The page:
Newburgh Rescinds State of Emergency After Chemical Found in Drinking Water

Perfluorooctane sulfonate, or PFOS, was found in Silver Stream and Washington Lake

The city manager of Newburgh, New York, has rescinded a state of emergency that took effect Monday after potentially harmful chemicals were found in one of its drinking water sources. 

City Manager Michael G. Ciaravino says perfluorooctane sulfonate, or PFOS, was found in Silver Stream and Washington Lake, but the water was deemed safe Tuesday.

Ciaravino said in a statement that the Department of Public Works staff started a pump station at Brown's Pond, opened the tap to the Catskill Aqueduct and completely turned off the water supply to Washington Lake. 

Those steps, the statement said, have made the water safe to drink.  

The water conservation measures implemented Monday, however, will remain in effect for the city. Restrictions in place include: no serving water at restaurants except upon request, no watering lawns, no washing cars and no filling up swimming pools. The full list of restrictions can be found here.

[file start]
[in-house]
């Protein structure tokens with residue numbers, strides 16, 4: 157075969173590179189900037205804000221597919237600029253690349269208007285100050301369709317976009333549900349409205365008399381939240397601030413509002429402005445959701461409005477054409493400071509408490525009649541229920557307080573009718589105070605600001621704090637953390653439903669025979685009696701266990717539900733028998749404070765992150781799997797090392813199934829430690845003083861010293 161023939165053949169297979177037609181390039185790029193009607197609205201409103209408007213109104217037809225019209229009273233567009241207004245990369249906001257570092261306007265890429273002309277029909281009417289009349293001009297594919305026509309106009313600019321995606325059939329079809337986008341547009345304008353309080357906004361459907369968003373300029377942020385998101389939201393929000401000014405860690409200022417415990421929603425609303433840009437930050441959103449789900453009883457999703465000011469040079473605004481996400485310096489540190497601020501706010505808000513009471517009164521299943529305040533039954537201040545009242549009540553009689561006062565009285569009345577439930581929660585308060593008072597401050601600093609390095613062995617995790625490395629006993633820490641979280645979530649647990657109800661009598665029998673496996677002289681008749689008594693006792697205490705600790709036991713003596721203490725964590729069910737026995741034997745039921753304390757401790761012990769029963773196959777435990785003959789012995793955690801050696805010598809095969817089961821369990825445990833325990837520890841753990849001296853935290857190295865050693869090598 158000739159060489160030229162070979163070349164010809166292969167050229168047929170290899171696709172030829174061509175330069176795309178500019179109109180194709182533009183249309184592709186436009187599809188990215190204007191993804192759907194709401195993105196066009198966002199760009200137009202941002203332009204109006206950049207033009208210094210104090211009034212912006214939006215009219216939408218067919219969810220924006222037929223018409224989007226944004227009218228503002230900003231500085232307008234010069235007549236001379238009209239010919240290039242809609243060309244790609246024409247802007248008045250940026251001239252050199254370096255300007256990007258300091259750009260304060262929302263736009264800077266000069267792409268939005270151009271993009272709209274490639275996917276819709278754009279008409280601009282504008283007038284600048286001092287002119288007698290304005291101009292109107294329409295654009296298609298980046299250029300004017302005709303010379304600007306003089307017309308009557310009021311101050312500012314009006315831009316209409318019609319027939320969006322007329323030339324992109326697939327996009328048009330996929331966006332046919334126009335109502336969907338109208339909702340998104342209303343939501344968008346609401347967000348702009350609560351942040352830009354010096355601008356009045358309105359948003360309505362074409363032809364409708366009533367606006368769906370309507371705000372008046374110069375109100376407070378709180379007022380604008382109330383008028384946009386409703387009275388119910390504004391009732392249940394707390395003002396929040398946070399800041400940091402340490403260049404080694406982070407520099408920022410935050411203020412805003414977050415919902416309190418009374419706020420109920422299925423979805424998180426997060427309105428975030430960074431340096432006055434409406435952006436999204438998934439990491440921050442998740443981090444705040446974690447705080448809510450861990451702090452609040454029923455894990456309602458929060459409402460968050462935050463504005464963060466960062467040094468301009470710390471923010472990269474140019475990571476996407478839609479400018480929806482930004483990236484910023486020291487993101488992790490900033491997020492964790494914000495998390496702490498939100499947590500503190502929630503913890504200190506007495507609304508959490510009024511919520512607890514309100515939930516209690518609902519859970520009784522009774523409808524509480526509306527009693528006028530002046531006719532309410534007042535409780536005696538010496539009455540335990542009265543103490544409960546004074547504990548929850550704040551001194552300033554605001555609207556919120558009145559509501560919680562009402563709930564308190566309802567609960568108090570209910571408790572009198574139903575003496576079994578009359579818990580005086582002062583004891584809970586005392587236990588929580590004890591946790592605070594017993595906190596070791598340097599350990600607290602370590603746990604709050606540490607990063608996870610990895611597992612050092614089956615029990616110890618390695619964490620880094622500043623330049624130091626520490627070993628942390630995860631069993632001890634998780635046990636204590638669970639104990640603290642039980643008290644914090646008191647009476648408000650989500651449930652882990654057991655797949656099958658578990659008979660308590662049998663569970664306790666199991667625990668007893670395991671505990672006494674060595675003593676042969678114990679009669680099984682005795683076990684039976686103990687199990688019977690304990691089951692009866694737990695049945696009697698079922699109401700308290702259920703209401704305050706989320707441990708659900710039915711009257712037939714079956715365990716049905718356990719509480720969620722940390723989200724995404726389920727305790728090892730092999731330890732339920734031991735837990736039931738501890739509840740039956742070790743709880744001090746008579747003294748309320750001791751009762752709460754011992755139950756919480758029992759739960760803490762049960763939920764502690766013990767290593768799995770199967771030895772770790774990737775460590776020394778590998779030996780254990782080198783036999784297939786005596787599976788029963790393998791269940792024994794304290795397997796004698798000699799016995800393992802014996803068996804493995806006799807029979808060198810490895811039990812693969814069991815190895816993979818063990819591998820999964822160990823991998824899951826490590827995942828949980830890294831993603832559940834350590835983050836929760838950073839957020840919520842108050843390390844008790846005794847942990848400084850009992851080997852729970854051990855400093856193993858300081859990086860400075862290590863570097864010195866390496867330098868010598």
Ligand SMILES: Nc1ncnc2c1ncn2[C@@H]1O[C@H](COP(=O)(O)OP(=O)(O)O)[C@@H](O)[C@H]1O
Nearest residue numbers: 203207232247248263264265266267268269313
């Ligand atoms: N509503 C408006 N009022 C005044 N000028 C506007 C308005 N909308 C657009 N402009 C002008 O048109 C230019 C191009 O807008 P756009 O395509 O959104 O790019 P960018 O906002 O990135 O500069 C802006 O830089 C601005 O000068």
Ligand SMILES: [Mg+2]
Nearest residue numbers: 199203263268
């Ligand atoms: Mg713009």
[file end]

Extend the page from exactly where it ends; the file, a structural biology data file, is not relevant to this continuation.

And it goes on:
PFOS is classified as an emerging contaminant of concern -- emerging, the EPA says, because a new source or new pathway to humans has been discovered or a new detection method or treatment technology has been developed. 

The U.S. Environmental Protection Agency says some studies have raised concerns about potential developmental, reproductive and other systemic effects of PFOS -- including possible links to the grown of cancerous tumors -- but the agency cautions the studies were limited in scope and some were done only on rodents, so they didn't offer a conclusion for possible effects on humans. 

PFOS chemicals are no longer manufactured in the U.S., but the EPA allows them in a "few, limited, highly technical applications" where no known alternatives are available. 

The EPA's guideline for health advisories on PFOS is 0.2 micrograms per liter. Ciaravino said the PFOS levels found in Silver Stream and Washington Lake were lower than that, the state DEC and Department of Health are still recommending that it be eliminated or reduced below that threshold.

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